Princeton Election Consortium

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Charlie Cook skeptical about a House switch

September 29th, 2012, 9:00am by Sam Wang

Via Andrew Sullivan, veteran election-watcher Charlie Cook says the House is currently not looking like it will switch. Of the Congress-watchers, I think Cook and his team are very much worth listening to for precise snapshots at any given moment.

However, their snapshots are subject to change over time. In September 2010 he forecast GOP gains of over 40 seats, which grew to 50-60 seats by Election Eve. The outcome was a gain of 63 seats. That was a wild midterm year, and it says nothing bad that he was a little bit off at the end. But more to the point, that year his September report was about 20 seats off base.

It didn’t matter, in the sense that a 40-seat gain was already enough for the GOP to take control of the chamber. But this year, if the outcome were to go toward the Democrats from Cook’s current prediction by a similar number, it would reverse control of the chamber. So I think it is a bit early to reduce House control into a categorical yes/no judgment. There is general agreement that the GOP will lose seats – we’re just haggling over the number.

One thing Cook does do is give an indication of which way he thinks the wind is blowing. He writes: “the next week or 10 days are…critical for Romney and the GOP. If things don’t turn around, a stampede could ensue.”

But perhaps because of his (and his staff’s) focus on individual races, he seems to have made a second error: “For the most part, the deterioration of the Senate outlook is unrelated to Romney’s problems at the top of the ticket.” As Rick in Miami found the other day, the presidential and Senate fortunes track the Presidential race rather closely.

This is clearly indicative of downticket coattails. The reason this matters is that enthusiasm for the top of the ticket has loud echoes in Senate and House races. If the Meta-Analysis is above Obama 330 EV on Election Eve, the Democrats should have quite a good shot at re-taking the House. As stated before, I regard them as having a very slight advantage. I will be interested in Cook’s take on things, 3 weeks from now.

Tags: 2012 Election · House

25 Comments so far ↓

  • Michael K

    I am largely persuaded by the scatter-plot of the last 33 elections that Cook is over-rating the GOP’s re-districting advantage.

    That said, there is good reason to believe that Republicans should have an inherent structural advantage over Democrats when it comes to gerrymandering.

    As a general rule, while densely populated urban areas overwhelmingly skew Democratic, rural areas skew Republican but typically by a much lesser amount. The most Republican-skewed rural districts in the country (AL-6 and TX-13) have PVI’s of R+29. Meanwhile there are (by my manual count) 20 urban districts that are D+30 or more (led by NY-15 and NY-16 at D+41).

    Not only that, but those densely populated blue regions are typically surrounded by competitive or blue-leaning suburbs. So it’s extremely tough and perhaps implausible for Democrats to gerrymander that geographically-tiny blue core into many D+10 or D+15 districts stretching into deep-red rural areas. Whereas it ought to be much easier for Republicans to gerrymander that deep blue core into a few super-concentrated blue districts, and then combine small cities and suburban/exurban areas with their rural strongholds into R+10 or R+15 districts.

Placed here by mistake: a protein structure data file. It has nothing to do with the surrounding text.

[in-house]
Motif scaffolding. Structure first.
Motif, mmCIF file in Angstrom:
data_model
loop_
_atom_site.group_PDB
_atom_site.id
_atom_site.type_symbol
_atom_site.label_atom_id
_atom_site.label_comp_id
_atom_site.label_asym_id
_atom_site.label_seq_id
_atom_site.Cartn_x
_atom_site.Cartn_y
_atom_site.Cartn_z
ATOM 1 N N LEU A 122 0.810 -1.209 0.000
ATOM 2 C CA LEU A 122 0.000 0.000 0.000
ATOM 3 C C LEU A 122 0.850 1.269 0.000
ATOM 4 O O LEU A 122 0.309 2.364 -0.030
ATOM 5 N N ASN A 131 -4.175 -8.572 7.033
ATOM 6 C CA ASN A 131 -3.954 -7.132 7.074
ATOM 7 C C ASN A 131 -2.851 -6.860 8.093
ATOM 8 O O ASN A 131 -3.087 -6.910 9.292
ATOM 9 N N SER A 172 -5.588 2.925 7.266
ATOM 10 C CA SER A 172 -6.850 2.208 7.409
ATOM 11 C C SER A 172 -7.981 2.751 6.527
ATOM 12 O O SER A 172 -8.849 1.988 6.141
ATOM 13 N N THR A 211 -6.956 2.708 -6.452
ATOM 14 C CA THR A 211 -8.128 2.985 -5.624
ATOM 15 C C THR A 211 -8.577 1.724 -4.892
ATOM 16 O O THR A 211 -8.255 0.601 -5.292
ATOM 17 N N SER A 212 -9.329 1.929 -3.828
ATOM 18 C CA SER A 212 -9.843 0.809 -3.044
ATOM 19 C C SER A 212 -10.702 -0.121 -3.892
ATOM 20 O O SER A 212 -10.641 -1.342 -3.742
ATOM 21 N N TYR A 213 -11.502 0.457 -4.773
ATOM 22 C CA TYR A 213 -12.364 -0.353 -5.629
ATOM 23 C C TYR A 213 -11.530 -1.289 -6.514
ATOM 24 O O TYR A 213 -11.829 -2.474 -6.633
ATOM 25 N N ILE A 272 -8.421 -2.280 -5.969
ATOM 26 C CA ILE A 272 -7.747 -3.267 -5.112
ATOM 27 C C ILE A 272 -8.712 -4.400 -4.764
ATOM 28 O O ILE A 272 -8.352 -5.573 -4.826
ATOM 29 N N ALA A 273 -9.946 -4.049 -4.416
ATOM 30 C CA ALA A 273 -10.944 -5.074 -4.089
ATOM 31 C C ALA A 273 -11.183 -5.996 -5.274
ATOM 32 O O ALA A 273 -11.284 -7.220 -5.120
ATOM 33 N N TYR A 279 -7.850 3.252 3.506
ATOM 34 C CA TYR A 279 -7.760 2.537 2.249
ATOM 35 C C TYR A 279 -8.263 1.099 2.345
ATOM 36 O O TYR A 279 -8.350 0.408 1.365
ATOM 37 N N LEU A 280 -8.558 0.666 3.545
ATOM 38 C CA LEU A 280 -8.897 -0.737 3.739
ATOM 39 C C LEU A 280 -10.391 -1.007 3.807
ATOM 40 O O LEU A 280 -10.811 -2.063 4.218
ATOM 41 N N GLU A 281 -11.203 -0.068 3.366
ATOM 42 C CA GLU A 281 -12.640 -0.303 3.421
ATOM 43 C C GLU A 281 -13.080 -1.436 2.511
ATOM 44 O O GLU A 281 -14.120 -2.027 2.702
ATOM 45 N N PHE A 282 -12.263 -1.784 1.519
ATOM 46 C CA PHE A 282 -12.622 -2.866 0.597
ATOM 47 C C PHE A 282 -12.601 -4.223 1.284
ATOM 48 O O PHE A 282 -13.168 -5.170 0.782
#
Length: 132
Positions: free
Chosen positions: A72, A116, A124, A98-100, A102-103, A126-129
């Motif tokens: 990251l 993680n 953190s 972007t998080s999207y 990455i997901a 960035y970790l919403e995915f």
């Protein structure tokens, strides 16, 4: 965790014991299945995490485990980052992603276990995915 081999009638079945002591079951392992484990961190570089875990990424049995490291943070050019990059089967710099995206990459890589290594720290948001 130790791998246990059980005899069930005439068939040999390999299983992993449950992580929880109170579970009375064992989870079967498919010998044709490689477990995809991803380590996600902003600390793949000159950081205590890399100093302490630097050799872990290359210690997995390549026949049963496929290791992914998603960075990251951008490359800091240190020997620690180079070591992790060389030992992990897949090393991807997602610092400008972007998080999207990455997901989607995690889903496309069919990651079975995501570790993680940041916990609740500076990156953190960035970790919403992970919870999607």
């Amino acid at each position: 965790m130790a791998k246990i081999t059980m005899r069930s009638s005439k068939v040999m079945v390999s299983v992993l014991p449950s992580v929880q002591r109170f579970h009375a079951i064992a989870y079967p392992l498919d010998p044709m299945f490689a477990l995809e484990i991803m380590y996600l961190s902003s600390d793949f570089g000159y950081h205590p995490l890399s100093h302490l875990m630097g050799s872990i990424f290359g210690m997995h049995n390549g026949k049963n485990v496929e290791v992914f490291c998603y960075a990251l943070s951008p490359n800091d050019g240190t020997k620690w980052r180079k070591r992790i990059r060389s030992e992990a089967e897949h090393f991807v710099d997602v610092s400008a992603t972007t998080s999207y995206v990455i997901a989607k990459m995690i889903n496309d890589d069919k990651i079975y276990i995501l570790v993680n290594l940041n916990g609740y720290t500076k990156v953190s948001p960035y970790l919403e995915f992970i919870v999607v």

• William Ockham

    Well, the first problem with the Rand methodology is that they allow people to split (give 70% to Romney, 30% to Obama) which is interesting information, but you don’t get to vote that way…

    They also give you the option of saying how likely you are to vote at all. Again, it is good information, but in the end, it is going to be all or nothing.

    But the biggest problem with the calculation of the shifts (from Obama to Romney and Romney to Obama) is in this sentence:

    For the computation of these shifts, we first combine the probability of nonvoting and the
    probability of voting for an “other” candidate.

    The probability of nonvoting comes from an answer to a completely different question than the probability of voting for other. This leads to a systematic overestimation of the shifts.

    Here’s a simple example. Let’s say someone’s last week’s answers were 80% chance of voting with a 75% preference for Obama and a 25% preference for Romney. This week they report there is 90% chance they will vote and 80% preference for Obama and 10% preference for Romney.

    According to Rand’s formula, because the chance of not voting and the chance of voting for Romney are going down, Obama’s shift is +15% (+10% for the increased chance of voting and +5% for the increased preference for Obama). Romney loses 5%. I think this is clearly wrong.

    If you are going use numbers like this, I would say that in week 1 of our example there was a 60% chance of voting for Obama (.80 * .75, the chance of voting multiplied by the preference for Obama) and a 20% chance of voting for Romney (.80 * .25). In the second week, there was a 72% chance of voting for Obama (.90 * .80) and a 18% chance of voting for Romney (.90 * .20). Therefore, the shift to Obama was +.12 and the shift from Romney was .02. In this case, they have overestimated the shift to Obama and away from Romney.